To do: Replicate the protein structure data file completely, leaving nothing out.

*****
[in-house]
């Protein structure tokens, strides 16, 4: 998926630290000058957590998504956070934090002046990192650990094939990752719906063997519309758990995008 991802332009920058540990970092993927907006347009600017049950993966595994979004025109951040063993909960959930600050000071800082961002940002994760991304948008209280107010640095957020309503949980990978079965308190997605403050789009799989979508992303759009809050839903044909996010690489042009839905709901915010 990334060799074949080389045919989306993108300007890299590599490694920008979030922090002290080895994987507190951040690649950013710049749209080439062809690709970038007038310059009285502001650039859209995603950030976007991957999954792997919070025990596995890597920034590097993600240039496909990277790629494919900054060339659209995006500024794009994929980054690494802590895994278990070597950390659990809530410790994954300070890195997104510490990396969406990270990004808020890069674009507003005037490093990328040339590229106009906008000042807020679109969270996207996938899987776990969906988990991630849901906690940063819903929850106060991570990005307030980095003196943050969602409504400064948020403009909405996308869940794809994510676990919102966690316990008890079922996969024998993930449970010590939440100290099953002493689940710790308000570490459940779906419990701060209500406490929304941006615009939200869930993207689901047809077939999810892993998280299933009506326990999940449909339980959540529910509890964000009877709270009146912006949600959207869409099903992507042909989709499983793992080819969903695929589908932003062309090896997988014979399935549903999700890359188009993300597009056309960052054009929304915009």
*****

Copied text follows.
[in-house]
């Protein structure tokens, strides 16, 4: 998926630290000058957590998504956070934090002046990192650990094939990752719906063997519309758990995008 991802332009920058540990970092993927907006347009600017049950993966595994979004025109951040063993909960959930600050000071800082961002940002994760991304948008209280107010640095957020309503949980990978079965308190997605403050789009799989979508992303759009809050839903044909996010690489042009839905709901915010 990334060799074949080389045919989306993108300007890299590599490694920008979030922090002290080895994987507190951040690649950013710049749209080439062809690709970038007038310059009285502001650039859209995603950030976007991957999954792997919070025990596995890597920034590097993600240039496909990277790629494919900054060339659209995006500024794009994929980054690494802590895994278990070597950390659990809530410790994954300070890195997104510490990396969406990270990004808020890069674009507003005037490093990328040339590229106009906008000042807020679109969270996207996938899987776990969906988990991630849901906690940063819903929850106060991570990005307030980095003196943050969602409504400064948020403009909405996308869940794809994510676990919102966690316990008890079922996969024998993930449970010590939440100290099953002493689940710790308000570490459940779906419990701060209500406490929304941006615009939200869930993207689901047809077939999810892993998280299933009506326990999940449909339980959540529910509890964000009877709270009146912006949600959207869409099903992507042909989709499983793992080819969903695929589908932003062309090896997988014979399935549903999700890359188009993300597009056309960052054009929304915009």